At the start of the experiment the average body weight of the 9 weeks old animals was ~280 g and rats were randomly divided into 10 groups (n = 5). Seven groups of rats were fed SAS or NM-202 in different dosages or vehicle for 28 days, in addition the highest dosed groups of SAS and NM-202 and a control group were fed for 84 days. The groups for 28-day exposure were: 1) SAS; 100 mg/kg bw/day, 2) SAS; 1000 mg/kg bw/day, 3) SAS; 2500 mg/kg bw/day, 4) NM-202; 100 mg/kg bw/day; 5) NM-202; 500 mg/kg bw/day; 6) NM-202; 1000 mg/kg bw/day and 7) control. For the 84-day exposure, the groups were divided into: 8) SAS; 2500 mg/kg bw/day, 9) NM-202; 1000 mg/kg/day and 10) control. Dosages were chosen around the previously observed LOAEL of 1500 mg/kg bw/day for SAS . The medium and high doses of NM-202 were chosen to be lower than those of SAS, because the material characterization showed a higher fraction of silica in the nano-size range in the feed matrix for NM-202. All rats were weighed daily. One day after the last exposure of the 28-day exposure groups (i.e. the first 7 groups), the animals were euthanized by CO2/O2 inhalation and the following organs were excised aseptically, weighed and placed on ice: liver, kidneys, spleen, brain, testis and the MLNs. Parts of the liver and the epithelium of the jejunum were also stored in liquid nitrogen, and parts of the jejunum, liver, kidney and spleen were fixed in 10% formalin. Furthermore, blood was collected on heparin and stored on ice, as well as the stomach, small (duodenum, jejunum, ileum) and large intestinal contents. One day after the last exposure of the 84-day exposure groups (i.e. group 8–10), all animals were euthanized and organs collected according to the same protocol as applied for the 28-day exposure groups.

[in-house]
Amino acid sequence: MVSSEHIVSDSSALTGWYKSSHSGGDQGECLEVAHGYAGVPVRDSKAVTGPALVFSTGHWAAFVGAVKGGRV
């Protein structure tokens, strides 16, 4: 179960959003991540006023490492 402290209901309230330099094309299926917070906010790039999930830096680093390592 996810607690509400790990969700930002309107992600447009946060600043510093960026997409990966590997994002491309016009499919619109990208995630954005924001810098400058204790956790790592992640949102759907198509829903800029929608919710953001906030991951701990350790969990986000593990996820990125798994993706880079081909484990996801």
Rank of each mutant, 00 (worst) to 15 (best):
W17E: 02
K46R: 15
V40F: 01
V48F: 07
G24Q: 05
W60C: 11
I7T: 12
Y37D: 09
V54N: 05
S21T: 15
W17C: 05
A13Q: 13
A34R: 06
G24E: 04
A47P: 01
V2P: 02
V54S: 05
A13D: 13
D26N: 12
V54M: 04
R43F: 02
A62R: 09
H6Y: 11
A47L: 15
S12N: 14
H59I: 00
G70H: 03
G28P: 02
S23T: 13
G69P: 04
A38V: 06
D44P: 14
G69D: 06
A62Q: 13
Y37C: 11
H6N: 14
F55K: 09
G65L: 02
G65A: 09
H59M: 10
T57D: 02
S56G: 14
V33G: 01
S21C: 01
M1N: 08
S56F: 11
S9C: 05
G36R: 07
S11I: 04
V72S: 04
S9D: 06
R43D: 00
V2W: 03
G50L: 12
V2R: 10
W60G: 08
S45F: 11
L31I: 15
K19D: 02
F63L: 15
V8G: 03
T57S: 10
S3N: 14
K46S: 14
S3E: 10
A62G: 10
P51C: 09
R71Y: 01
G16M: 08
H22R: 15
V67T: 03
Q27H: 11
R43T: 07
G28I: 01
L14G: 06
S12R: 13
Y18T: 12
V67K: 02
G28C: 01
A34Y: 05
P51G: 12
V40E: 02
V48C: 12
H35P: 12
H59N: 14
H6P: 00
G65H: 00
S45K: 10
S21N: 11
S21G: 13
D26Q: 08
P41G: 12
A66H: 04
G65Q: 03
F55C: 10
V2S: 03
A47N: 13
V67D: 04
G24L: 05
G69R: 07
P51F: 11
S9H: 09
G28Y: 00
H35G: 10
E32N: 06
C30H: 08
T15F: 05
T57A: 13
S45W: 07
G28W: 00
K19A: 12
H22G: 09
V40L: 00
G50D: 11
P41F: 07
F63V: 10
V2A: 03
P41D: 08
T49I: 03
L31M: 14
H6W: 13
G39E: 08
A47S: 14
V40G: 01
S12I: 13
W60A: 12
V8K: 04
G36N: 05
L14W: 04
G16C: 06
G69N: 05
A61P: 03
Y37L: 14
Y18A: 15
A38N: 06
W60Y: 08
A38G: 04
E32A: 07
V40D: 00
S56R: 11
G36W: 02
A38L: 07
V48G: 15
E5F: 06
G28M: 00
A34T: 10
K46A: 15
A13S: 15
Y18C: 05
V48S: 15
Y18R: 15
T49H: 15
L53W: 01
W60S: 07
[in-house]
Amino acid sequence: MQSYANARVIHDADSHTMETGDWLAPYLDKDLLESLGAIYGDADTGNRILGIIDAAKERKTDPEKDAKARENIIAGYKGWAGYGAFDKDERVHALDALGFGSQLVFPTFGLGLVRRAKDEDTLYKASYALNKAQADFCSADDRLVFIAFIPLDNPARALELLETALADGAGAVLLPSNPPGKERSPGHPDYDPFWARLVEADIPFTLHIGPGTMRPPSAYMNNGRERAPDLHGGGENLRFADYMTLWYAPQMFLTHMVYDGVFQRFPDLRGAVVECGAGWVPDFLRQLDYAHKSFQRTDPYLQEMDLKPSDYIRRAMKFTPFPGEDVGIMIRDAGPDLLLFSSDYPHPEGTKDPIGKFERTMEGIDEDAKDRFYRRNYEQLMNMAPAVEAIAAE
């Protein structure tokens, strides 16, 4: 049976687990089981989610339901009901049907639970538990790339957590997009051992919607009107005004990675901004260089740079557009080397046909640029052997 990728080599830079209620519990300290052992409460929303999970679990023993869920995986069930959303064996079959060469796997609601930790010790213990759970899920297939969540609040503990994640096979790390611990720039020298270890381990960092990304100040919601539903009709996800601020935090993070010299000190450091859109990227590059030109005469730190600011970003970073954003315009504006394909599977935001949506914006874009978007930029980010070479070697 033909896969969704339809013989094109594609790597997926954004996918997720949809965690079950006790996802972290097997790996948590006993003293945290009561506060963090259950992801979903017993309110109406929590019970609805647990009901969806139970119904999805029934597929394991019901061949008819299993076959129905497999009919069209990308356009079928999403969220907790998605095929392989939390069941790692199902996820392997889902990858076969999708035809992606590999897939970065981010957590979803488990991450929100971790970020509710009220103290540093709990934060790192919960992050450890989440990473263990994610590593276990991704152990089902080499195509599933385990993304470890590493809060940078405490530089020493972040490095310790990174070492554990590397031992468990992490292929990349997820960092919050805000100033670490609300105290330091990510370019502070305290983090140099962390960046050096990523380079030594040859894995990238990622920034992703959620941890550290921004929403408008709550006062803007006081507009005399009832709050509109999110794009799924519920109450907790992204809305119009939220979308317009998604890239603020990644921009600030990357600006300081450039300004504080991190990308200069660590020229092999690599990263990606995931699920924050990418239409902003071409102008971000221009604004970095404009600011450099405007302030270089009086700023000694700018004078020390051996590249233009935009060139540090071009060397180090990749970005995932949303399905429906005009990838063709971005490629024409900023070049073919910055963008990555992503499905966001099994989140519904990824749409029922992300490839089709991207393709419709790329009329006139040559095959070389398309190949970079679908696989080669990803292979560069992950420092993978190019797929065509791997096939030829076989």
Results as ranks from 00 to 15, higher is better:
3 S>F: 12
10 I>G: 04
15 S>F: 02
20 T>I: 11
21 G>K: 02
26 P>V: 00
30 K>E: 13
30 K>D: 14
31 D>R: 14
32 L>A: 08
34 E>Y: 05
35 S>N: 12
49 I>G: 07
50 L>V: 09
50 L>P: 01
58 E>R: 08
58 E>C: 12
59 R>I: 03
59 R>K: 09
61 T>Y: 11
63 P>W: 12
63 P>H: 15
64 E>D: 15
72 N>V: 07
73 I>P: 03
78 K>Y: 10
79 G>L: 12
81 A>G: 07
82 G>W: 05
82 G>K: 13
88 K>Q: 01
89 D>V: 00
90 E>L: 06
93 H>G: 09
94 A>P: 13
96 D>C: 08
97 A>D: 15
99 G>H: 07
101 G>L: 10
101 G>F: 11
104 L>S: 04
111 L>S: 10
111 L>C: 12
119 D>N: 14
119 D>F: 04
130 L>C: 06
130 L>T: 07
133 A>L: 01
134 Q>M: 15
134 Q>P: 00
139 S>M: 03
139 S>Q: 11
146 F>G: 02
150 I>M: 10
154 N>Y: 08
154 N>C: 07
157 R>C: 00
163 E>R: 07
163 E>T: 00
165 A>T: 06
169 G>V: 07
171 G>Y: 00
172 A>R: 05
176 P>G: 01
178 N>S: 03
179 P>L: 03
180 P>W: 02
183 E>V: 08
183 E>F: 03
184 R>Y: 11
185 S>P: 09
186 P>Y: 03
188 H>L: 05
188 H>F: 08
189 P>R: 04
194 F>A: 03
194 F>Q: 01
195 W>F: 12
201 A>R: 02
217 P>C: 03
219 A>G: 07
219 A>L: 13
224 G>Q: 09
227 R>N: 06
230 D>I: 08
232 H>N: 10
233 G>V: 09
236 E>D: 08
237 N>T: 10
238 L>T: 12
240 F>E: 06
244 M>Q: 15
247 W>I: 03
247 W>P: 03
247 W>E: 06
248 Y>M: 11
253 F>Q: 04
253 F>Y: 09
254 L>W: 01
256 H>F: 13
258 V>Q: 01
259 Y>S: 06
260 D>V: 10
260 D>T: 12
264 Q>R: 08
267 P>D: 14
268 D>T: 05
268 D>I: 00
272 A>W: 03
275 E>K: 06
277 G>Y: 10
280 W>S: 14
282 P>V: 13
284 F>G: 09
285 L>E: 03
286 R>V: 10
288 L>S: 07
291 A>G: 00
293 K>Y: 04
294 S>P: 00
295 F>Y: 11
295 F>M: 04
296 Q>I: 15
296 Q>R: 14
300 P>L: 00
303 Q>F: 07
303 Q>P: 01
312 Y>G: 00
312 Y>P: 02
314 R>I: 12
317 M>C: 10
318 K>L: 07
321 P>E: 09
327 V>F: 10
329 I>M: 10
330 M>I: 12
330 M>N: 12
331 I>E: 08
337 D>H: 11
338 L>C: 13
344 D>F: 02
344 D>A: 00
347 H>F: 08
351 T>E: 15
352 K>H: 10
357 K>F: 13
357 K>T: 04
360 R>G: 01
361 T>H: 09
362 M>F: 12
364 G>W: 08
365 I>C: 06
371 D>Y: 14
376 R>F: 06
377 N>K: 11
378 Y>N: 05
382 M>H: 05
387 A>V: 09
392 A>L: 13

Total silicon content was determined with inductively coupled plasma mass spectroscopy (ICP-MS) in liver, kidney, spleen, brain and testis. Furthermore, hydrodynamic chromatography (HDC) ICP-MS was applied to detect silica particles in the nano-size range (i.e. with a size of 5 – 200 nm) in gastrointestinal contents. Systemic toxicity was monitored by analysis of biochemical markers in serum and by histopathological analysis of jejunum, liver, kidney, and spleen. Immunotoxicity was evaluated by measuring antibody levels in blood, analysis of the proliferation of T- and B-cells isolated from the spleen end mesenteric lymph nodes (MLN) in response to lipopolysaccharide (LPS) or concanavalin A (Con A), by evaluating cytokine levels in culture media from these proliferating T- and B-cells, and by measuring the activity of natural killer (NK)-cells isolated from the spleen.